You ever like a game that you're no good at? You can see others master the mechanics on a whim, but you just keep pounding away at the first few levels hoping to achieve greatness. Maybe there's background music that catches your ear, maybe there's luck involved and you can't stop rolling the dice. Maybe the gameplay seems so simple that you can't believe it's actually as hard as it is. That's me with Breakout. Call it Arkanoid, call it Alleyway, it doesn't matter, I'm just no good and I can't stop playing. New action-arcade release Drawkanoid is for people like me, presenting a new spin on brick-breaking that captures all the fun without the frustration.
It all comes together with the concept. In most brick-breaking ordeals, you control a paddle in one, maybe two directions. You bounce a ball towards a configuration of bricks, with your main goal being an empty screen. Drawkanoid starts similarly, but your paddle is never on the screen for very long. That's because you "draw" it in at whatever angle and size you choose. The ball hits slow motion whenever it hits the bottom of the screen and reacts to whatever paddle you whip up for it. If you take too long thinking or draw in the wrong place, you watch your ball plummet into the abyss and lose a life.
It's not too complicated as far as arcade reimaginings, but these small tweaks work wonders. Each round starts off fast and gets faster, never falling below a fever pitch. Every bounce, shot, and hit shines with a neon tinge, making you feel like you're constantly racking up a high score in Fantavision. Once you clear away a set of marked bricks, a Space Invaders-esque boss descends. Despite their gigantic stature, they go down with a single hit, granting you bonus points, bonus time in the Countdown mode, and a satisfying crumbling into tiny pixels.
The entire game feels like it could have existed in a cabinet with some sort of custom stylus controller. There's even a backing musical track that I would call typical for a game going after the retro 80's feel. It's not bad at complimenting the action, but I've heard better. It's pretty hard to impress with synthy video game music in 2020, so I also don't hold it much against the developers. Besides, you're probably not going to be playing Drawkanoid for very long at any one time. Like its ancestors in the arcades, it's perfect for a few quick runs at a time before moving onto something else.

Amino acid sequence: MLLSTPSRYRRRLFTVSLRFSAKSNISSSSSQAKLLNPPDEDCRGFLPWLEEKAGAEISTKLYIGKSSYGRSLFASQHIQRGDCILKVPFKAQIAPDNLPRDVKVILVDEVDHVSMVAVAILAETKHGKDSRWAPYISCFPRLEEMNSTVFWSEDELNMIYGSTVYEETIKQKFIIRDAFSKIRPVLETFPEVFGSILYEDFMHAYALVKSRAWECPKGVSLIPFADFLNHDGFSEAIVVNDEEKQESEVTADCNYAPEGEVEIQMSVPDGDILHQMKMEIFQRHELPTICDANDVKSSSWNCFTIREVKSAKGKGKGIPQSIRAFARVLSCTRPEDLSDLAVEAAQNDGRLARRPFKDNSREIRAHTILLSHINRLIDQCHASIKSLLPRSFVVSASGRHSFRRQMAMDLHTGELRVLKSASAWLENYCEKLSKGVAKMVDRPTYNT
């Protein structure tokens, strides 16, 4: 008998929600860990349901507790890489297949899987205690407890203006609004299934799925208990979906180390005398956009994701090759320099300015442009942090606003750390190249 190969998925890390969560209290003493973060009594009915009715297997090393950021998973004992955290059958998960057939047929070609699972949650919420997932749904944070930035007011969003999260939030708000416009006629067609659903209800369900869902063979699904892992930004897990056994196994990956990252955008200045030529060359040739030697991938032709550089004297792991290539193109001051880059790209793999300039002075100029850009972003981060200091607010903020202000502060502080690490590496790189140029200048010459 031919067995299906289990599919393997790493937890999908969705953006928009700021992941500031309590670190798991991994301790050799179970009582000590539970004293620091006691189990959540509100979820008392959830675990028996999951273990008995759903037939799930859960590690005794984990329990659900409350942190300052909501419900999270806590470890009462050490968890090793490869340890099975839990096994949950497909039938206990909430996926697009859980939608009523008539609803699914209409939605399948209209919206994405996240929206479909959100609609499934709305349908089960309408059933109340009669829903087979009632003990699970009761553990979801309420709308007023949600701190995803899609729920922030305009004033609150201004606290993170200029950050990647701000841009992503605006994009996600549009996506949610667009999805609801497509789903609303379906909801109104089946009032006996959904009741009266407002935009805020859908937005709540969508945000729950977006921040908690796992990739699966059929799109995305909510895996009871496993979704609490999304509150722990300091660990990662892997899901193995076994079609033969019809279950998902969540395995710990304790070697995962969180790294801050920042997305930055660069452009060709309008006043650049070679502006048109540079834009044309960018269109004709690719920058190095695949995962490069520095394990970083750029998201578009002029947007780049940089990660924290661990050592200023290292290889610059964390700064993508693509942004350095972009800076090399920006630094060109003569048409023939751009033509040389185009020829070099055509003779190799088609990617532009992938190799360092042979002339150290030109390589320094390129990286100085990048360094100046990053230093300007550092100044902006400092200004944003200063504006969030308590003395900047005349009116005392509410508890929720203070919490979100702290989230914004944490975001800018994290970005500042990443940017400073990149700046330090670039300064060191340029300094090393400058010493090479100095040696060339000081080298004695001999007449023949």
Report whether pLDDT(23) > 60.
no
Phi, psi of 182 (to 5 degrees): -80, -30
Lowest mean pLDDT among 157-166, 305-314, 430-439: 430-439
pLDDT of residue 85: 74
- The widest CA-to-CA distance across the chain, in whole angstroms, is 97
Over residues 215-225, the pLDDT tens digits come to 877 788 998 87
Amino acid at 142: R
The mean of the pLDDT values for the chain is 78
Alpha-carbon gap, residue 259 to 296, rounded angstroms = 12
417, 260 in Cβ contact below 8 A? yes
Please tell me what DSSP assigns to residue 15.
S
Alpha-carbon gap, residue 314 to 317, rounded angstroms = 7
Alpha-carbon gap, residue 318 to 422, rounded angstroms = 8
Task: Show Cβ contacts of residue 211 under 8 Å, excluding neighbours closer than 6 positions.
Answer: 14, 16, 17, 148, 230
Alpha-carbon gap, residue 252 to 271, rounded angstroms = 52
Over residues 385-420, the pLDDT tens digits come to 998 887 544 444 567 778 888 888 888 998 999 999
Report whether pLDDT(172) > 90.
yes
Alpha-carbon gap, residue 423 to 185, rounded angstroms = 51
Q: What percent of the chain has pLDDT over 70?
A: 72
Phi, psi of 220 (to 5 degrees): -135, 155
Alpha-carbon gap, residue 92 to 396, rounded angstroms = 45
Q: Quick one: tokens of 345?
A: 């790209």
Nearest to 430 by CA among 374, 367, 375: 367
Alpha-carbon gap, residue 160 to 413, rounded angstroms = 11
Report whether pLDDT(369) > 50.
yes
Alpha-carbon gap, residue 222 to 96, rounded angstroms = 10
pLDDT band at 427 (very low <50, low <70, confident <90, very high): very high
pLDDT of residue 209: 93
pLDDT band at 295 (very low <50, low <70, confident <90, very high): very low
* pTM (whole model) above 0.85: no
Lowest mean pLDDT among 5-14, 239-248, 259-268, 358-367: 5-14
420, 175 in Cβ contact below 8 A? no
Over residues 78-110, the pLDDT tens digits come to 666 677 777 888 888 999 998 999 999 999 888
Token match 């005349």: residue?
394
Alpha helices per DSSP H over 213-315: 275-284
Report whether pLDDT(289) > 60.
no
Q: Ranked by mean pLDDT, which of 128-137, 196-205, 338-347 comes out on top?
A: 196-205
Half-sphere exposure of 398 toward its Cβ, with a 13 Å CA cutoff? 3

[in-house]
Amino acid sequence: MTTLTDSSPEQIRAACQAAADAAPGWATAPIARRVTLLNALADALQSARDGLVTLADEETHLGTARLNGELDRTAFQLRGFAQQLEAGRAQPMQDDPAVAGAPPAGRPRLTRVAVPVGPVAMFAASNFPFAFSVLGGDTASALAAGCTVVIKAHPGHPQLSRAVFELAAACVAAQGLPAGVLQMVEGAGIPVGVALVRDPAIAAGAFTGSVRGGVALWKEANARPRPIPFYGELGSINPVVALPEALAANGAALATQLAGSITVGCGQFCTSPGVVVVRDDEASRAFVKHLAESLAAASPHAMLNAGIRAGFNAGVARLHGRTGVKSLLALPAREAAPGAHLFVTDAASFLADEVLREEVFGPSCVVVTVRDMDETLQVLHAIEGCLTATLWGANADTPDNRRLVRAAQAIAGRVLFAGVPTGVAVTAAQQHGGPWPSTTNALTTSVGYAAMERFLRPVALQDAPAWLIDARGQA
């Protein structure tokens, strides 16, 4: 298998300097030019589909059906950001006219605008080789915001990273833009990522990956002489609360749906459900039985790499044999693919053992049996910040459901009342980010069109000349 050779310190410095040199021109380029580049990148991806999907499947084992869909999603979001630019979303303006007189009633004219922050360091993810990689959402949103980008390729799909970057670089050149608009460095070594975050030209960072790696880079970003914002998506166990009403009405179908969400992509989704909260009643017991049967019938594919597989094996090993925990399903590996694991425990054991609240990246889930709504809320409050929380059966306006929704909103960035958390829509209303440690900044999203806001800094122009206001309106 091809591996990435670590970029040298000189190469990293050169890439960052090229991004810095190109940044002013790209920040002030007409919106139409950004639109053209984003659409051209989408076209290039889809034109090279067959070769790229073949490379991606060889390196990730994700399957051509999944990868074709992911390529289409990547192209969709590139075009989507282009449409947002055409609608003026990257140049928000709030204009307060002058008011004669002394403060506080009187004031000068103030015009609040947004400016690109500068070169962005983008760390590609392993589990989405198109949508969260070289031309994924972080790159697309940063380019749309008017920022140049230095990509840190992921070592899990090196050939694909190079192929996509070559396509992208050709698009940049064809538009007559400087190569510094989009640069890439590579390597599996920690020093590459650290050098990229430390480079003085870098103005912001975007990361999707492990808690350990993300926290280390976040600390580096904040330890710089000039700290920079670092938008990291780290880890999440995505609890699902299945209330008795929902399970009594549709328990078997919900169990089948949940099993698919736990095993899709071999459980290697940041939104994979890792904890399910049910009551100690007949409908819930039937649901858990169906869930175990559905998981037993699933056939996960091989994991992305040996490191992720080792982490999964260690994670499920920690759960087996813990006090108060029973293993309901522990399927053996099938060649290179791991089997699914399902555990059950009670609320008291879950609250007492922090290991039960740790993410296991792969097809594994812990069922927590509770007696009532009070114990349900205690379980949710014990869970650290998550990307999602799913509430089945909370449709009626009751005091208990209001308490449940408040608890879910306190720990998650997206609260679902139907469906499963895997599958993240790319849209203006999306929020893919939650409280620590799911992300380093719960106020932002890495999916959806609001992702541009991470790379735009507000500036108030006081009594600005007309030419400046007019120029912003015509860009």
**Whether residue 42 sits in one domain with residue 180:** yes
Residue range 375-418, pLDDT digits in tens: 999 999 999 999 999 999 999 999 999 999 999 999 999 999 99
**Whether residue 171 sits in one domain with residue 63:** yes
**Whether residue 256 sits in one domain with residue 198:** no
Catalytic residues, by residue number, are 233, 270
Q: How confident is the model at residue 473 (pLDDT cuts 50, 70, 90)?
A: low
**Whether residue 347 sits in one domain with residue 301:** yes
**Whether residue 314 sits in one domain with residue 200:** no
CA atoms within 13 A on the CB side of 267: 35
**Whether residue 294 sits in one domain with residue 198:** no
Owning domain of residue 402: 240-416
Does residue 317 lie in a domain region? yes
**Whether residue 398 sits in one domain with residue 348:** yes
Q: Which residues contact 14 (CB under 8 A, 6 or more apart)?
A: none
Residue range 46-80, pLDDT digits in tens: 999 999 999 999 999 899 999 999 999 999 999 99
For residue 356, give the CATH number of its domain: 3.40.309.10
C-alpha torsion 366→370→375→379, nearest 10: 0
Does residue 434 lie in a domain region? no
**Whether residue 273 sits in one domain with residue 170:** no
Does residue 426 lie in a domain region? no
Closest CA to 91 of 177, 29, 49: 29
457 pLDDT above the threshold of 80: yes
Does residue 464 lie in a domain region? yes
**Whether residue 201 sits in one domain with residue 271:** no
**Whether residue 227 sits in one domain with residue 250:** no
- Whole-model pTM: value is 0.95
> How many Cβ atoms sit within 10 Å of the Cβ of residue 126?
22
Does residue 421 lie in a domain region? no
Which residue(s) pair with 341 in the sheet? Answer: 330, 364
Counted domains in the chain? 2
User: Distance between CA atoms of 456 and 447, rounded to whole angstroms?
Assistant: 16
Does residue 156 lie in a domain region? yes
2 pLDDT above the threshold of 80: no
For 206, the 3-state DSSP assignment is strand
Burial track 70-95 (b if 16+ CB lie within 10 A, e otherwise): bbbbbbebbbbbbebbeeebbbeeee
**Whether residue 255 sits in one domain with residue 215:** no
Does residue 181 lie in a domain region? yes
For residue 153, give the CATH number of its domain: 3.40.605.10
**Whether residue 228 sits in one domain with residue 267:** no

That's not to say that Drawkanoid hasn't learned anything from the 30 years of gaming history since Arkanoid. Like all the best modern arcade games of our era, Drawkanoid brings in a tiny pinch of progression. You earn a currency playing the game normally and that unlocks passive and active power-ups for your next round. Nothing is one-time use either, it's all building to improve your score and increase your survivability. This may be a bummer for purists and high score chasers, but it works wonderfully well on my roguelike-addled mind.
That's really all she wrote for Drawkanoid, but it's also all you really need. A simple brick breaker probably isn't going to appeal to a huge audience, even with fancy graphics and a novel mechanic. This is doubly true if a member of said audience can't take another dose of 80s-style visuals, but that is the definition of a sad person right there. If you are into the genre and want something that won't make you tear your hair out in frustration, Drawkanoid is here to fulfill your extremely specific needs. They certainly fulfill mine.
TechRaptor covered Drawkanoid on PC via Steam with a code provided by the developer.